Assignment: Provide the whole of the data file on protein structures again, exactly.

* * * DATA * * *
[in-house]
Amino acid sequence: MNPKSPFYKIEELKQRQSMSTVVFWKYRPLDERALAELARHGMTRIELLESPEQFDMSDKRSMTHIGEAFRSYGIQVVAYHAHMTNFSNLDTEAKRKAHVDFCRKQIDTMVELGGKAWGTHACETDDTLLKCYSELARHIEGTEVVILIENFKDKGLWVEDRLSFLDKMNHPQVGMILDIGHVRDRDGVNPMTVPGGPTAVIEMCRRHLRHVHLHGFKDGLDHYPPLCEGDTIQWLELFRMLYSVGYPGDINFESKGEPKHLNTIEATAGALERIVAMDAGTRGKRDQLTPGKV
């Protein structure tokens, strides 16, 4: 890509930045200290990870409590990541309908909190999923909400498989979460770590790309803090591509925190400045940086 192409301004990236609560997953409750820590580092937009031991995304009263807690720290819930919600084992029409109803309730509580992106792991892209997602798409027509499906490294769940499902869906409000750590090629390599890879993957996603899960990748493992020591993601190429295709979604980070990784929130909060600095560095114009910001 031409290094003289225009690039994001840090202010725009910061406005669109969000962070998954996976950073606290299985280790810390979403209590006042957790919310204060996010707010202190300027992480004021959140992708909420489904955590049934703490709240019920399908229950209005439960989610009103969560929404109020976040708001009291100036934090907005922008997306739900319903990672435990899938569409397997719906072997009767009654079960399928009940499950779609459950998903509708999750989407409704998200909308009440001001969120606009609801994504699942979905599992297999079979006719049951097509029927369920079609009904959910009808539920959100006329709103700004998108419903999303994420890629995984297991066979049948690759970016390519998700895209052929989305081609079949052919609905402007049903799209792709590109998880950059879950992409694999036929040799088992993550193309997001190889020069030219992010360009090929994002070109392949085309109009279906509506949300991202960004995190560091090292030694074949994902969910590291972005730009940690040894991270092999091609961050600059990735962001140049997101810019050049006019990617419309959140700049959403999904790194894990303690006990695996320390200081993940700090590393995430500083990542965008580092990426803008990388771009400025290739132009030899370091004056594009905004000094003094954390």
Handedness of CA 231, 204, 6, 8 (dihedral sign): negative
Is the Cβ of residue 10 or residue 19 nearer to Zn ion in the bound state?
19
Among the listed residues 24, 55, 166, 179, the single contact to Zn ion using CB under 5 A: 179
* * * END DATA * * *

[in-house]
Amino acid sequence: MNPKSPFYKIEELKQRQSMSTVVFWKYRPLDERALAELARHGMTRIELLESPEQFDMSDKRSMTHIGEAFRSYGIQVVAYHAHMTNFSNLDTEAKRKAHVDFCRKQIDTMVELGGKAWGTHACETDDTLLKCYSELARHIEGTEVVILIENFKDKGLWVEDRLSFLDKMNHPQVGMILDIGHVRDRDGVNPMTVPGGPTAVIEMCRRHLRHVHLHGFKDGLDHYPPLCEGDTIQWLELFRMLYSVGYPGDINFESKGEPKHLNTIEATAGALERIVAMDAGTRGKRDQLTPGKV
């Protein structure tokens, strides 16, 4: 890509930045200290990870409590990541309908909190999923909400498989979460770590790309803090591509925190400045940086 192409301004990236609560997953409750820590580092937009031991995304009263807690720290819930919600084992029409109803309730509580992106792991892209997602798409027509499906490294769940499902869906409000750590090629390599890879993957996603899960990748493992020591993601190429295709979604980070990784929130909060600095560095114009910001 031409290094003289225009690039994001840090202010725009910061406005669109969000962070998954996976950073606290299985280790810390979403209590006042957790919310204060996010707010202190300027992480004021959140992708909420489904955590049934703490709240019920399908229950209005439960989610009103969560929404109020976040708001009291100036934090907005922008997306739900319903990672435990899938569409397997719906072997009767009654079960399928009940499950779609459950998903509708999750989407409704998200909308009440001001969120606009609801994504699942979905599992297999079979006719049951097509029927369920079609009904959910009808539920959100006329709103700004998108419903999303994420890629995984297991066979049948690759970016390519998700895209052929989305081609079949052919609905402007049903799209792709590109998880950059879950992409694999036929040799088992993550193309997001190889020069030219992010360009090929994002070109392949085309109009279906509506949300991202960004995190560091090292030694074949994902969910590291972005730009940690040894991270092999091609961050600059990735962001140049997101810019050049006019990617419309959140700049959403999904790194894990303690006990695996320390200081993940700090590393995430500083990542965008580092990426803008990388771009400025290739132009030899370091004056594009905004000094003094954390």
Handedness of CA 231, 204, 6, 8 (dihedral sign): negative
Is the Cβ of residue 10 or residue 19 nearer to Zn ion in the bound state?
19
Among the listed residues 24, 55, 166, 179, the single contact to Zn ion using CB under 5 A: 179